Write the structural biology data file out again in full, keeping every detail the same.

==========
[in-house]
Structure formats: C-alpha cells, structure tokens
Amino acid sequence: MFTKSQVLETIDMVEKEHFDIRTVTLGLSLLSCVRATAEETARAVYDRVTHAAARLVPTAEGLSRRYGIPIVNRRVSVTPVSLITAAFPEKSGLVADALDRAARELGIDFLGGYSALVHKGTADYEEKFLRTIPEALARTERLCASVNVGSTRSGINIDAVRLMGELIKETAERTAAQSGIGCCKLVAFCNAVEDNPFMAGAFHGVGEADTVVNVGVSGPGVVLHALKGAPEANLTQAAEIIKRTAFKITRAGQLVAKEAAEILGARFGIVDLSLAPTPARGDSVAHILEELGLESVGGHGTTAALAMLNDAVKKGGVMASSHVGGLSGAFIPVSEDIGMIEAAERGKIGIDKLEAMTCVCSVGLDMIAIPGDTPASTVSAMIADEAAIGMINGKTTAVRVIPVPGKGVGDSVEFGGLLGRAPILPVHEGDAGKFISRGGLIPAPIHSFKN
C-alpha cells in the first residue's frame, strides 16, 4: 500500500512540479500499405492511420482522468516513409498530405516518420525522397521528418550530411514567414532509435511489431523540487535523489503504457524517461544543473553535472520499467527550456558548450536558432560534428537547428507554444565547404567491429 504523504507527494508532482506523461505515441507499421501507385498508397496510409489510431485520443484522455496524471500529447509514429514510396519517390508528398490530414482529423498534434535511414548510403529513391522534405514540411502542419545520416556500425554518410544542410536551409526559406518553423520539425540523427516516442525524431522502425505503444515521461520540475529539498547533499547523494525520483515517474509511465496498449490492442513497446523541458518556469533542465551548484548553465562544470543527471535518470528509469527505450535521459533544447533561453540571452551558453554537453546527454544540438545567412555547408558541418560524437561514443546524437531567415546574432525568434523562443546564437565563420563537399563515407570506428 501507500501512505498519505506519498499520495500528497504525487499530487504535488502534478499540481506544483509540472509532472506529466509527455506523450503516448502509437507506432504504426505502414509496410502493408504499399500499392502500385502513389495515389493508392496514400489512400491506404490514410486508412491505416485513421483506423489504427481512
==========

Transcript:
[in-house]
Structure formats: C-alpha cells, structure tokens
Amino acid sequence: MFTKSQVLETIDMVEKEHFDIRTVTLGLSLLSCVRATAEETARAVYDRVTHAAARLVPTAEGLSRRYGIPIVNRRVSVTPVSLITAAFPEKSGLVADALDRAARELGIDFLGGYSALVHKGTADYEEKFLRTIPEALARTERLCASVNVGSTRSGINIDAVRLMGELIKETAERTAAQSGIGCCKLVAFCNAVEDNPFMAGAFHGVGEADTVVNVGVSGPGVVLHALKGAPEANLTQAAEIIKRTAFKITRAGQLVAKEAAEILGARFGIVDLSLAPTPARGDSVAHILEELGLESVGGHGTTAALAMLNDAVKKGGVMASSHVGGLSGAFIPVSEDIGMIEAAERGKIGIDKLEAMTCVCSVGLDMIAIPGDTPASTVSAMIADEAAIGMINGKTTAVRVIPVPGKGVGDSVEFGGLLGRAPILPVHEGDAGKFISRGGLIPAPIHSFKN
C-alpha cells in the first residue's frame, strides 16, 4: 500500500512540479500499405492511420482522468516513409498530405516518420525522397521528418550530411514567414532509435511489431523540487535523489503504457524517461544543473553535472520499467527550456558548450536558432560534428537547428507554444565547404567491429 504523504507527494508532482506523461505515441507499421501507385498508397496510409489510431485520443484522455496524471500529447509514429514510396519517390508528398490530414482529423498534434535511414548510403529513391522534405514540411502542419545520416556500425554518410544542410536551409526559406518553423520539425540523427516516442525524431522502425505503444515521461520540475529539498547533499547523494525520483515517474509511465496498449490492442513497446523541458518556469533542465551548484548553465562544470543527471535518470528509469527505450535521459533544447533561453540571452551558453554537453546527454544540438545567412555547408558541418560524437561514443546524437531567415546574432525568434523562443546564437565563420563537399563515407570506428 501507500501512505498519505506519498499520495500528497504525487499530487504535488502534478499540481506544483509540472509532472506529466509527455506523450503516448502509437507506432504504426505502414509496410502493408504499399500499392502500385502513389495515389493508392496514400489512400491506404490514410486508412491505416485513421483506423489504427481512